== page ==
Depending on your career or situation, being a mentor can help to boost your CV. For example, if you are a senior student at a college who takes on a freshman mentee, this could be added to your resume when you apply to a job. It helps to demonstrate leadership skills!

 

 

4. Broaden Network

 

As a mentor, you can broaden your own network by connecting with other mentors and leadership professionals.

 

 

5. Gain Recognition

 

This is often not the primary goal of mentors, when you are a good mentor and your mentee succeeds, part of the success is owed to you. In this way, you may gain recognition and praise for the work you put in.

 

 

6. Sense Of Fulfillment And Growth

 

Ultimately, the highest sense of recognition you may feel is that you give yourself. The sense of fulfillment and personal growth can be astounding when a mentor looks back at their relationship with their mentee(s).

 

 

7. Improved Leadership Skills

 

Importantly, when you are a mentor, you are a leader. This dynamic relationship will surely help to improve your leadership skills over time.

 

 

Types Of Mentors

Different people have different types of mentorship styles. Let’s take a look at the various types of mentors you may come across or become:

  1. The Experienced Leader: In a professional setting, this is someone with high status and seniority who has made their way up the ranks. They have gained enough personal experience and knowledge to impart it to those who are up-and-coming stars. They can form a mentorship relationship with their apprentices or through a formal mentorship program in the workplace.
  2. The Coach: The coach may be a mentor that the HR department has brought in or a consultant. Often, this type of life coach is employed by those who may be making a career change or have personal goals that they need help to achieve.
  3. The Educator: Teachers often become mentors who work with their current or prior students. They may become a mentor informally by helping to guide students during office hours or it could be a sanctioned relationship by the administration.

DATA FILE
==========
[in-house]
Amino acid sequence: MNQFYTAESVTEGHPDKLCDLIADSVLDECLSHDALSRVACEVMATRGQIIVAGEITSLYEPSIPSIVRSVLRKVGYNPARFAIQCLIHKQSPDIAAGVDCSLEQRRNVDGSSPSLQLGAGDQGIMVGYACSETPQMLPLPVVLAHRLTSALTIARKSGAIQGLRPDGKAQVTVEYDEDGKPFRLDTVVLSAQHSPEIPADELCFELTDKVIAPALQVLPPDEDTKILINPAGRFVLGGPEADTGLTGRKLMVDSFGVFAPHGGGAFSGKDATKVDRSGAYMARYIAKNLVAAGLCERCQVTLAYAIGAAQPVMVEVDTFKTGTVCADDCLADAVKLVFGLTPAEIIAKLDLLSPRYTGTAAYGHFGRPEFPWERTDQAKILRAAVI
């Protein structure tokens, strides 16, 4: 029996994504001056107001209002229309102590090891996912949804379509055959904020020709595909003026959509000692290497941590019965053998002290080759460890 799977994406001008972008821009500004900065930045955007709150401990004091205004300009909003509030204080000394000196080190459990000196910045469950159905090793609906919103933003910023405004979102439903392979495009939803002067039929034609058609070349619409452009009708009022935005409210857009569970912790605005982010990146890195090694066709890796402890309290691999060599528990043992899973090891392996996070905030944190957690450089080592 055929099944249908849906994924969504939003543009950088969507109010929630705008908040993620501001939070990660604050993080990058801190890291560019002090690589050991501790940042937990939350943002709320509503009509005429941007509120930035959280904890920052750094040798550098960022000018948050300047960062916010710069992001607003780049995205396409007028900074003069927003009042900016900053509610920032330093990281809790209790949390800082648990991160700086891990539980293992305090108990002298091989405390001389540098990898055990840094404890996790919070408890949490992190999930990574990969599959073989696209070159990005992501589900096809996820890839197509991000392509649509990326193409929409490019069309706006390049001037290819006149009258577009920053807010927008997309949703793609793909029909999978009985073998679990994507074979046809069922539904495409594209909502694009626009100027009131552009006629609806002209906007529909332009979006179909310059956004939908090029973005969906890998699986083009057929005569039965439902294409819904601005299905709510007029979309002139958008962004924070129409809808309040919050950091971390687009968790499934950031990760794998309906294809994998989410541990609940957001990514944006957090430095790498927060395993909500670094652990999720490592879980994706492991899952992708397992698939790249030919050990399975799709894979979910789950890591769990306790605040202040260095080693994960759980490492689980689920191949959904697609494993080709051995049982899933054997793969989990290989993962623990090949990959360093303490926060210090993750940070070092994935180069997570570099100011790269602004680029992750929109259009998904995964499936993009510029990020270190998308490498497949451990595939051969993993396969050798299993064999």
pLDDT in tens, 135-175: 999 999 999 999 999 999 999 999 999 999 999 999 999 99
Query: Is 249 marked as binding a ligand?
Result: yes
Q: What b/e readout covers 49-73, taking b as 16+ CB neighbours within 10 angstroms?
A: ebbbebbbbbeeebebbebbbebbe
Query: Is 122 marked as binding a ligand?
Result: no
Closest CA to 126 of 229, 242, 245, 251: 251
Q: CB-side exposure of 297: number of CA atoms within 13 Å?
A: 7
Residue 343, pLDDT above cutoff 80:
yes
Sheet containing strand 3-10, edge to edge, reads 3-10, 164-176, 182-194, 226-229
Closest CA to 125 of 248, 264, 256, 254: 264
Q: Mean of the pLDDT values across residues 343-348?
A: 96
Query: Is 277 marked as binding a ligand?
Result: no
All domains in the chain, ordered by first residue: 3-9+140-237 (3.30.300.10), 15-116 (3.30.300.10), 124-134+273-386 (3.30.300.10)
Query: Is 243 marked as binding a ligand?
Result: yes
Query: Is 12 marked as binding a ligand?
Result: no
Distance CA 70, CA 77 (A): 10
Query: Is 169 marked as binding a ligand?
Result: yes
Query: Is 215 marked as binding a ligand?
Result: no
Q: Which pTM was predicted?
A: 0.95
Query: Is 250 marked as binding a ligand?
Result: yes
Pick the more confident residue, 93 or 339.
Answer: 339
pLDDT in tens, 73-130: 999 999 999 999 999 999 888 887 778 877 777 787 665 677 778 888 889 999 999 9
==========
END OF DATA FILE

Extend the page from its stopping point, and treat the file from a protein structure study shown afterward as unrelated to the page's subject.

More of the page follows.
4. The Self-Help Type: People can also find mentorships in written words or lectures. This may come in the form of self-help books, manuals, articles, websites, and more that offer advice on how to learn and grow.
  5. The Inner Mentor: In some cases, you could be your own mentor. When you listen to your own gut and intuition, it could bring to light the answers you’re looking for. This could come from leaning on your past experiences or identifying the reasons why your situations are the way they are.
  6. The Trusted Listener: Some mentors are great listeners. With their active listening techniques, they make sure you feel heard and may be a sounding board for your own ideas.
  7. The Peer Provider: Within school settings or organizations, you may befriend a peer who turns into a mentor. This could involve the benefit of sharing networking contacts and offering support for one another.

 

Two people meeting over cups of coffee
Photo by Joshua Ness on Unsplash

 

 

Goals Of A Mentoring Relationship

Every mentor and mentee relationship helps to achieve a variety of outcomes. Some of the common goals of a mentoring relationship include:

  • An understanding of confidentiality
  • An agreement for honesty
  • An experience of listening and learning
  • A commitment to a working partnership
  • An opportunity to lead by example
  • An open-mind for flexibility

 

How To Find/Become A Mentor

Want a mentor of your own? That’s a great first thought, but where can you even find this type of relationship?

 

Perhaps your school offers a mentorship program, like we do at University of the People. If not, consider leveraging these alternative ways to connect and build a mentoring relationship:

  • Connect on social media (i.e., LinkedIn)
  • Enroll in a professional network
  • Attend school clubs
  • Talk to HR
  • Hire a consultant

 

Mentors Matter

Mentors can become your go-to person for advice and support during hard times. They are also around to celebrate your wins, regardless if they are big or small. For students and professionals alike, it pays to both be a mentor and have a mentor to help navigate life’s ups and downs.